My career started in advertising, churning out sticky messages to folks like you about everything from cleaning supplies to Powerball tickets. I learned quickly that great ads (and great messages) appeal directly to our emotions.
Chipotle (and their ad agency) knows this, too. They’ve been receiving lots of press over the past few weeks for their latest long-format ad, The Scarecrow. It’s a beautifully animated, albeit haunting look at the food industry today.
Eerie, isn’t it? After watching that I feel a bit sad and hopeless. Sigh. I need some ice cream.
Chipotle’s Back to the Start ad from a couple years ago was so much more effective thanks to a sunnier outlook. There was hope! I could go buy a burrito and save the world!
Emotion works. You’ve felt the instant power of anti-tobacco campaigns. You can’t help but watch them and feel upset, even angry. Meanwhile, Google goes straight for the heart with Dear Sophie. (I dare you to not consider opening a Gmail account for your kids after watching that clip.)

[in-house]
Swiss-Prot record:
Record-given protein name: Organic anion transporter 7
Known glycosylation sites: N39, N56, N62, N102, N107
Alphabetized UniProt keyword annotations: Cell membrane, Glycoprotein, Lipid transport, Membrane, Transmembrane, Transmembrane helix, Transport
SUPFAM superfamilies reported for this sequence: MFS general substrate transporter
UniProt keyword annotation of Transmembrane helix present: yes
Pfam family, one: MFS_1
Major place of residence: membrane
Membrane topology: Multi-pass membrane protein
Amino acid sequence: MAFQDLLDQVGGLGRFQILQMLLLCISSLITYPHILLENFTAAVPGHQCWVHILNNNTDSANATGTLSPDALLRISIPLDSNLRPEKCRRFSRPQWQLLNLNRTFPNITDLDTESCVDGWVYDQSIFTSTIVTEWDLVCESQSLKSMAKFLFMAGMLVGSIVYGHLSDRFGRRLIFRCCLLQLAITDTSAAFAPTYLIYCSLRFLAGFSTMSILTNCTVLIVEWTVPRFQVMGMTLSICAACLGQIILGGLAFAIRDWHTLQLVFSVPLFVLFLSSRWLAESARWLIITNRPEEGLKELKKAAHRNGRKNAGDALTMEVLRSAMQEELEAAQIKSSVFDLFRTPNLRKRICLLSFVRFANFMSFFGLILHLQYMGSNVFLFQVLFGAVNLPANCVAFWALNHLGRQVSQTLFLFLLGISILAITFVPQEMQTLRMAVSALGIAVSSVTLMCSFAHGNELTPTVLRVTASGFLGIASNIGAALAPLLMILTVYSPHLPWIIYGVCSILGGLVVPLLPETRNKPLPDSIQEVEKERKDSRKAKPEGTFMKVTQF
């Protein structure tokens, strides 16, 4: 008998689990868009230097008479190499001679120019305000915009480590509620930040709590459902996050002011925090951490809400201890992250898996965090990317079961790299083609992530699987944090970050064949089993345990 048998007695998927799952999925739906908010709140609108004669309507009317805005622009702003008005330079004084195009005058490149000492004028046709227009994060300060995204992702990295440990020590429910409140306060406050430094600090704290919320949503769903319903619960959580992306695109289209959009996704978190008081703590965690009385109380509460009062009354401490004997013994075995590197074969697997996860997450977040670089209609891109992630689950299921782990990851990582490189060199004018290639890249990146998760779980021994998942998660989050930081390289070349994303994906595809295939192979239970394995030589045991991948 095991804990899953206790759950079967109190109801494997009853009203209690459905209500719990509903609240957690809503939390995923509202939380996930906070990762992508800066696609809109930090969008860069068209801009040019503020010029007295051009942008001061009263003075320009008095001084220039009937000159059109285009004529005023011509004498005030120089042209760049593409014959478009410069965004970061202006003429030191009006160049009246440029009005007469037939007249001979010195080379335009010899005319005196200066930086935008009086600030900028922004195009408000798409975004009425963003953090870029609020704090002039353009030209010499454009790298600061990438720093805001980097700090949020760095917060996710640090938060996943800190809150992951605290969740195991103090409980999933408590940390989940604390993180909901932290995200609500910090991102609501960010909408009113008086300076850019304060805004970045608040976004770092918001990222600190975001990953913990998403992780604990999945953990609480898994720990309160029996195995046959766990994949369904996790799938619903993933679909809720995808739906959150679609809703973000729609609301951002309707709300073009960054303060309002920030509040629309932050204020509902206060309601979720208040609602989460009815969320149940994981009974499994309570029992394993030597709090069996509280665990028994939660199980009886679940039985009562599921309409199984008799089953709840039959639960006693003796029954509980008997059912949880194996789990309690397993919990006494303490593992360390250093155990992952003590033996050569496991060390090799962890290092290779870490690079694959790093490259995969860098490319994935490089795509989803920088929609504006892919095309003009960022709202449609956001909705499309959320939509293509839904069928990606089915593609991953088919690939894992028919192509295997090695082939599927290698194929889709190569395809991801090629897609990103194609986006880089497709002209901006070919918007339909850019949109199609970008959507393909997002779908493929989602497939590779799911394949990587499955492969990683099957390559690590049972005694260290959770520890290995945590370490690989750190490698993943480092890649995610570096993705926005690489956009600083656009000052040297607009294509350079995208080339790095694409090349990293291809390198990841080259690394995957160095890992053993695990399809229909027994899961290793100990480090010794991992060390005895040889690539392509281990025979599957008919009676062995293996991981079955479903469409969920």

Could you find some more feeling in your messages? Here’s a cheat sheet for integrating emotion:
1. Highlight something.
Are you trying to highlight the solution? If so, give a sense of the positive emotion surrounding the benefits.
Want your listener to feel the weight of the current problem and all it’s pain points? Lean on the negative.
2. Use the full range.
Get outside the boxes of happiness or anger. There are so many subtle emotions you can appeal to: a sense of urgency, competition, pride, satisfaction, partnership, sportsmanship … the list goes on and on.
3. Is there already emotion at play?
What does your subject and action mean to your audience? Is there already emotion at play for them? Or do you need to stir up some feeling to get them to care?
Ultimately, emotional appeals help our messages ‘stick’ with our audiences. Don’t be afraid to “get emotional” in your next message.
What emotion has resonated with your audiences? Any tips to add to those above?